Photograph of Harriet Tubman. 1911. Photograph. Library of Congress, Washington D.C. This is a picture of Harriet Tubman that we used on our Thesis page to help the reader identify the quote.

Rorabaugh, William. "Interviewing a Professor at the University of Washington." E-mail interview. 3 Apr. 2013. We interviewed a Professor at the University of Washington for answers and quotations. We asked him questions regarding the battle of Gettysburg and the importance of the Emancipation Proclamation on the Civil War and society today. Rothstein, Edward. "Visions and Voices of a Nation Divided." New York Times 11 Jan. 2013: C33(L). Gale Opposing Viewpoints In Context. Web. 18 Jan. 2013. This site helped me with my legacy page.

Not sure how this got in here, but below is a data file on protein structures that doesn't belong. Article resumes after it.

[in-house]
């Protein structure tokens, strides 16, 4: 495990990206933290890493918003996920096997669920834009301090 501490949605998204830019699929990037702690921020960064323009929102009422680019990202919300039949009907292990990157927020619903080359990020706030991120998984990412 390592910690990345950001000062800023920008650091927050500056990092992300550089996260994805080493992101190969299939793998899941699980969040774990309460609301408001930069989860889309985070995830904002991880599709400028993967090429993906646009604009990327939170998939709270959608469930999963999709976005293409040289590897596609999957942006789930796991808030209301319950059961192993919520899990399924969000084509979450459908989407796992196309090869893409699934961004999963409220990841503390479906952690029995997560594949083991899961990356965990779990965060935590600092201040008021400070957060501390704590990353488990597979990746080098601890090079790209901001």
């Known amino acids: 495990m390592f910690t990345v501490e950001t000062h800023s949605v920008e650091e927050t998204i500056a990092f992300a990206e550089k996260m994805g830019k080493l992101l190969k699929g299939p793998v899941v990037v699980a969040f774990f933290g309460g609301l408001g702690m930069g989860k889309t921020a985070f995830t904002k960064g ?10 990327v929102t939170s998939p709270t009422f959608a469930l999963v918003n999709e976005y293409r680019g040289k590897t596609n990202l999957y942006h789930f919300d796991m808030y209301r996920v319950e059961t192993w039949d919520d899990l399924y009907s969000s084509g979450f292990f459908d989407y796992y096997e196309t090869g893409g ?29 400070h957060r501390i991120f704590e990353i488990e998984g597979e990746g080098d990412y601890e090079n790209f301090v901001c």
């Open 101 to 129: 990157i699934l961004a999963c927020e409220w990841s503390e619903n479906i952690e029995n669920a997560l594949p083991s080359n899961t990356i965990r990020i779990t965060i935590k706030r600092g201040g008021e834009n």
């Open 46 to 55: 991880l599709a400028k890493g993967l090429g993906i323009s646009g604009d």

Slavery by Another Name. Dir. Sam Pollard. Prod. Sam Pollard. By Sheila Curran Bernard. Screenplay by Anne Seidlitz. Perf. Alex Carney and Melvin Cox. PBS, 2009. DVD. This is a documentary that PBS made regarding Chain Gangs. We watched the entire movie on the internet and chose a 10 second clip that we incorporated into our Chain Gangs page to help the reader better understand how horrible Chain Gangs were.

Williams, Robert C. Horace Greeley: Champion of American Freedom. New York City: New York UP, 2006. Print. This is a secondary source biography written about Horace Greeley in 2006. The book is about Horace Greeleys position in freeing the slaves in the confederacy. Horace Greeley played a large part in freeing slaves. The quote shows that we cannot be a free and unified country if slavery continues to exist. We are not one people we are two people